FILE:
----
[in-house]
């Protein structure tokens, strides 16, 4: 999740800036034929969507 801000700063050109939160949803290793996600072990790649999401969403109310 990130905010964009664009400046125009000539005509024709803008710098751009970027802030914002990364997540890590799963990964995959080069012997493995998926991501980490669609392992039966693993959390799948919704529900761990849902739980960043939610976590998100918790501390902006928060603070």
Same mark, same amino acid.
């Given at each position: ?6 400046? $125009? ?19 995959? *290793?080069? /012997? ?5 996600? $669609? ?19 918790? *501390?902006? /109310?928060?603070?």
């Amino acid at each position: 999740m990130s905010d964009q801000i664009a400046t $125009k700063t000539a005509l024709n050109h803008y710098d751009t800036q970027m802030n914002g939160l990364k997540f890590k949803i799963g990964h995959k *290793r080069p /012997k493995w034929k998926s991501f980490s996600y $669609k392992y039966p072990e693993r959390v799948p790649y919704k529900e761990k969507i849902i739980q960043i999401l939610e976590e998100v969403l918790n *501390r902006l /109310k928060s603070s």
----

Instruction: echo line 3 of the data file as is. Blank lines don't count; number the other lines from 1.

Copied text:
Same mark, same amino acid.